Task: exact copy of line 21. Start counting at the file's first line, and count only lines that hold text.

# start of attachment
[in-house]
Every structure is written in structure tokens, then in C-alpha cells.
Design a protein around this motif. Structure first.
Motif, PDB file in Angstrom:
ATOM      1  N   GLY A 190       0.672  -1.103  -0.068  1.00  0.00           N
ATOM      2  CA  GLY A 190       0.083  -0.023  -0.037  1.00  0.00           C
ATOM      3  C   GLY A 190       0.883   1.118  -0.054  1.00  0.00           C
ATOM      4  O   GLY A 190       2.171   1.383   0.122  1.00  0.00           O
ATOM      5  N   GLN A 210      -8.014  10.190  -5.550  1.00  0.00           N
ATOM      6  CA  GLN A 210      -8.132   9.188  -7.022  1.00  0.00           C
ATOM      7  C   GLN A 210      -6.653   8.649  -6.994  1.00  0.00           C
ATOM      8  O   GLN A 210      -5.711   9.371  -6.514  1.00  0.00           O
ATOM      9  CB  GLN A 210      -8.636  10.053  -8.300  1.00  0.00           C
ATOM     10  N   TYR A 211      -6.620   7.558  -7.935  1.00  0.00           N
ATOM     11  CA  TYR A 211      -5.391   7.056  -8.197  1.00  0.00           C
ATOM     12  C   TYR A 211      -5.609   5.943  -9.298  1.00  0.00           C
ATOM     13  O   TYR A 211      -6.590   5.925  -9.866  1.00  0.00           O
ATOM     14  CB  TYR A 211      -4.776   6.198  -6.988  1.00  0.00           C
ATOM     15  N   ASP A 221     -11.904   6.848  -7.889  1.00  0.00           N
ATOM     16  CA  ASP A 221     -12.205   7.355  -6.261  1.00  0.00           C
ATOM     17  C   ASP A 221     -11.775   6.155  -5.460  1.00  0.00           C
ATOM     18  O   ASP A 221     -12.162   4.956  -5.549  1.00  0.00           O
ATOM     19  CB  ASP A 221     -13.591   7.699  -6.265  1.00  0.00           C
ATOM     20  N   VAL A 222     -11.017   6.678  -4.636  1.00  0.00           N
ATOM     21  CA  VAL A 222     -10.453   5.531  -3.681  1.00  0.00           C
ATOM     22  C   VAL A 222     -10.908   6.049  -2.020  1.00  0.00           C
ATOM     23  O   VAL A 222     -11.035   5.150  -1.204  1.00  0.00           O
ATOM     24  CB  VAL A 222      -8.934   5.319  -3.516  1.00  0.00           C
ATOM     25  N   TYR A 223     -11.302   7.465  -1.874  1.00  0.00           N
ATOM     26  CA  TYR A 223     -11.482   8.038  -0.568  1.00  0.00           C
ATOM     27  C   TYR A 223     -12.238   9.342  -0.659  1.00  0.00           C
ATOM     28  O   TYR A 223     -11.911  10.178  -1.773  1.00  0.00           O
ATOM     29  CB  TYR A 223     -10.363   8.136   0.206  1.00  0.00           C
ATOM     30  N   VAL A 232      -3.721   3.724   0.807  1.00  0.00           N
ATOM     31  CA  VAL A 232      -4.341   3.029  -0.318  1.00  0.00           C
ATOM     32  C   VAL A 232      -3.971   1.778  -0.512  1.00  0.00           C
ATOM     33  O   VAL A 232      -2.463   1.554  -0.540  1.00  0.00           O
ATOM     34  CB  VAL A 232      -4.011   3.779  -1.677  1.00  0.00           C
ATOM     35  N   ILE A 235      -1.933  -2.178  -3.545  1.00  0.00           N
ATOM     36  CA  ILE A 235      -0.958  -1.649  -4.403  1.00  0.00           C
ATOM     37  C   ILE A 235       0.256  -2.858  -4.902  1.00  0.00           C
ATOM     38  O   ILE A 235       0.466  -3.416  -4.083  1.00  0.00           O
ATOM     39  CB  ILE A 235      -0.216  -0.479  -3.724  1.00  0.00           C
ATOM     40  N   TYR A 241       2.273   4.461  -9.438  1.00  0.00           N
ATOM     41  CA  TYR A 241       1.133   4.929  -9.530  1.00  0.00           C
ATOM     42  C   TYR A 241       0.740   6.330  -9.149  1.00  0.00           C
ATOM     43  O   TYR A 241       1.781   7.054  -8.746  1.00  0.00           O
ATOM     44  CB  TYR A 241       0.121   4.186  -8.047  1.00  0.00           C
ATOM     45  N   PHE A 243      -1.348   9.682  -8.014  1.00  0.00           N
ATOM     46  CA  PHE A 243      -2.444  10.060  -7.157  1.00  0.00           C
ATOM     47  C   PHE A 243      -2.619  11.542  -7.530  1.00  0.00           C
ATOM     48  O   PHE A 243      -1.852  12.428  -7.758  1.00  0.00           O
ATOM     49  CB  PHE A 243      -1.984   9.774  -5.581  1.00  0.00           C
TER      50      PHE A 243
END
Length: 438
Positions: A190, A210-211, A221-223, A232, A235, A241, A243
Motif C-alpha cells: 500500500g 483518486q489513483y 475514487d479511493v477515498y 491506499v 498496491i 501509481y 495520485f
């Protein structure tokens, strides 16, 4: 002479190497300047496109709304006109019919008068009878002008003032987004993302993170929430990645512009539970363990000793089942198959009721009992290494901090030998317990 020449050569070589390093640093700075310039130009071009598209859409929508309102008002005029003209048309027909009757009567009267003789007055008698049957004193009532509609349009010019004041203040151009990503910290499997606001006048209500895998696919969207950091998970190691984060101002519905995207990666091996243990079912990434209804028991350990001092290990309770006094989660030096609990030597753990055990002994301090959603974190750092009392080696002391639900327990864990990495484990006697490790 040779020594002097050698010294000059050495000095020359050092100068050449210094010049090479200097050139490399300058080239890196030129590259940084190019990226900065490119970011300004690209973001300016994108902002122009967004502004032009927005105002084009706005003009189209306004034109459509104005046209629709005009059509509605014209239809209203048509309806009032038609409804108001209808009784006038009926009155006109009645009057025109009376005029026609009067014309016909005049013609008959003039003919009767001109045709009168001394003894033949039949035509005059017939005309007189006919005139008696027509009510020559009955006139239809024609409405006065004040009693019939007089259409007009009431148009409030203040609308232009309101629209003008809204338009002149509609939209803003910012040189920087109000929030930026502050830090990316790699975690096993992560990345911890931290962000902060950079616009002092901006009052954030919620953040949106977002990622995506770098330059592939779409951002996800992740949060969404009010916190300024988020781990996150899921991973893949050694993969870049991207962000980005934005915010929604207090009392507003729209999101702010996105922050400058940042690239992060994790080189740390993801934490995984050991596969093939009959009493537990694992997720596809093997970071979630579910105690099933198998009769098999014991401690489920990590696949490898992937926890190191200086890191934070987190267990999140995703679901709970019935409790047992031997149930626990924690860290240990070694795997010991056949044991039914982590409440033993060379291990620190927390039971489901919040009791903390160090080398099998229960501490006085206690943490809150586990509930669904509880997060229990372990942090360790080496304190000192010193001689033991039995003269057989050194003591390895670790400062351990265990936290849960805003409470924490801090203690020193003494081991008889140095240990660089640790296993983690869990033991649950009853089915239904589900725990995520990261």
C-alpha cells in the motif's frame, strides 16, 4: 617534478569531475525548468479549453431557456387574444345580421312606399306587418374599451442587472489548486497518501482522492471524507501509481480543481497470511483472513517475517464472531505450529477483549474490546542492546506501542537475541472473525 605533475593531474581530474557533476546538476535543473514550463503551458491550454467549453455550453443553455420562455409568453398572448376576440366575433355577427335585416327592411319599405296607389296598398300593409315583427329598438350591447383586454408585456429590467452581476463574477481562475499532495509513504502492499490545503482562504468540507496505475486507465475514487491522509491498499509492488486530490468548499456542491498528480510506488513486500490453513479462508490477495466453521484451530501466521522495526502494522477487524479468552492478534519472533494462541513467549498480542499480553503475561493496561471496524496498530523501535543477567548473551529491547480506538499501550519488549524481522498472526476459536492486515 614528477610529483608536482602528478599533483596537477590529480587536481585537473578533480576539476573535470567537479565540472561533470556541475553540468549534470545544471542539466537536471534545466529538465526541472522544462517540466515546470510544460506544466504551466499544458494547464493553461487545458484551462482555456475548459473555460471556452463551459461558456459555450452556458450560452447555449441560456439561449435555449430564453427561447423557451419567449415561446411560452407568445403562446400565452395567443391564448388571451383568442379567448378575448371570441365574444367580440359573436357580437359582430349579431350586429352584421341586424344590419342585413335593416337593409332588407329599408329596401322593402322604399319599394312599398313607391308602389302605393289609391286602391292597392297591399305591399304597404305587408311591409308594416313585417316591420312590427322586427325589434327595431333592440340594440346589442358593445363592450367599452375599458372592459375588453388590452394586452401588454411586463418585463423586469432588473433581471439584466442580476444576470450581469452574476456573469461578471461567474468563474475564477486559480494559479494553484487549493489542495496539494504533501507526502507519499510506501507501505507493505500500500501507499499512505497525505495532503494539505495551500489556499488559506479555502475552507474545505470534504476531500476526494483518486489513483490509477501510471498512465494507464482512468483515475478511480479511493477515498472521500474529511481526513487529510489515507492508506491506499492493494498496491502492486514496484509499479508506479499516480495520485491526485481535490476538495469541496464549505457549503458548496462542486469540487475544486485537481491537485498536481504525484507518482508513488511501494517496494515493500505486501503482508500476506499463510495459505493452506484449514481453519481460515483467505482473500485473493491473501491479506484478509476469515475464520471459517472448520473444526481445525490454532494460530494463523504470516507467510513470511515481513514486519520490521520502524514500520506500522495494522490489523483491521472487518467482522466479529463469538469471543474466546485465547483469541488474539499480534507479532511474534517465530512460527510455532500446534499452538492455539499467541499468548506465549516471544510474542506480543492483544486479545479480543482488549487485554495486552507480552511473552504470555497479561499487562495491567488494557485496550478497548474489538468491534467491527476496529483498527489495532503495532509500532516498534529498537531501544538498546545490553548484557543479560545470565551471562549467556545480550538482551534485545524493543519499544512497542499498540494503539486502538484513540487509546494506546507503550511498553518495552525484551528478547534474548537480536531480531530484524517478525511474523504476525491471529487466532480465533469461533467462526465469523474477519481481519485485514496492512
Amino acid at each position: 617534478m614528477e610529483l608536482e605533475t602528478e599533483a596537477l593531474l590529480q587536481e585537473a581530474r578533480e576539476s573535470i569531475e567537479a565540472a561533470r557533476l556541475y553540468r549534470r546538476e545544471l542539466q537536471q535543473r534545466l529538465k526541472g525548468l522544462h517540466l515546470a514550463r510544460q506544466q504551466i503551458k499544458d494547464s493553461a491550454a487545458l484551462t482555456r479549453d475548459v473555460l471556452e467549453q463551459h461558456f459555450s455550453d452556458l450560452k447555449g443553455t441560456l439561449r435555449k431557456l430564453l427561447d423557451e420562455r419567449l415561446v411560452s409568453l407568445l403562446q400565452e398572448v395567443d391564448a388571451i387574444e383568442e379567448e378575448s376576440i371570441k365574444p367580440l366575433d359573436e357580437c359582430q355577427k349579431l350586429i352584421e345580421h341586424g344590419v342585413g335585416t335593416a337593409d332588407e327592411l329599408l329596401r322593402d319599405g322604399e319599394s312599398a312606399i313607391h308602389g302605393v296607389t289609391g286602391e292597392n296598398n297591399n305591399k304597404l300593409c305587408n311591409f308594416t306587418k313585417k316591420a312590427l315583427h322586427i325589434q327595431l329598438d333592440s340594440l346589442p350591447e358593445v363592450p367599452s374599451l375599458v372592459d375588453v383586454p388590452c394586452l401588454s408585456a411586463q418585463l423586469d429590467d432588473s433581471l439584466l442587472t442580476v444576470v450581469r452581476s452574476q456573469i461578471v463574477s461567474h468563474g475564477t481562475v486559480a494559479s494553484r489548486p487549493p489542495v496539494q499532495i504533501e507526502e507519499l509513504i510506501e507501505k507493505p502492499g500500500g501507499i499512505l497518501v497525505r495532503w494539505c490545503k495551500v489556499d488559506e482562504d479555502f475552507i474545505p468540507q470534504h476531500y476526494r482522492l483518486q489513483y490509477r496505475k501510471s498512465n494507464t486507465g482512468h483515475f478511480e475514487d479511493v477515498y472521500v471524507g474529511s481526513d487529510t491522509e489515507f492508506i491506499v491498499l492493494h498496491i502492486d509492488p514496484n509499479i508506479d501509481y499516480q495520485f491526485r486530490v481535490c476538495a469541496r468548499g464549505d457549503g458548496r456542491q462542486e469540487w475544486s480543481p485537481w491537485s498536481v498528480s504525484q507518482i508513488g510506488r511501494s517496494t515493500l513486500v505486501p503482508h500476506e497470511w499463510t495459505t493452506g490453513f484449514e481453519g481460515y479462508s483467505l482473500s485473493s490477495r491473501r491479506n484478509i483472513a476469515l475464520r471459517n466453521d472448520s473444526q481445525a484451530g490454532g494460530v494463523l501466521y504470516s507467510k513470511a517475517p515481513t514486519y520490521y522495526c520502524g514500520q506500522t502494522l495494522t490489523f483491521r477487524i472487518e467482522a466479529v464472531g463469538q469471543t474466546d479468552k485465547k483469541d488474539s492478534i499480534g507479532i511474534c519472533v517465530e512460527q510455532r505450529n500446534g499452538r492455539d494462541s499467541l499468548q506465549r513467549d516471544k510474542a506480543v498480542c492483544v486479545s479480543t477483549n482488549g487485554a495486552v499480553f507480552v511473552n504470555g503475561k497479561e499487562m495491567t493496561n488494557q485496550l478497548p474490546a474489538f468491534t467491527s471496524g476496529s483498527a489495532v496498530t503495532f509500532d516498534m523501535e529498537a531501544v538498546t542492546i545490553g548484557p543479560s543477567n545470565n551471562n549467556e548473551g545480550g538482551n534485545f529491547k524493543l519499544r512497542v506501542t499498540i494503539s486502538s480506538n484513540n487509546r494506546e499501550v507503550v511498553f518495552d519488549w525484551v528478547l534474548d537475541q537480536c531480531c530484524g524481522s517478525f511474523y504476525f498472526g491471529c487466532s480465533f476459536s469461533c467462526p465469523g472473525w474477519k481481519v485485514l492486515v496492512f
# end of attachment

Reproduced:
ATOM     17  C   ASP A 221     -11.775   6.155  -5.460  1.00  0.00           C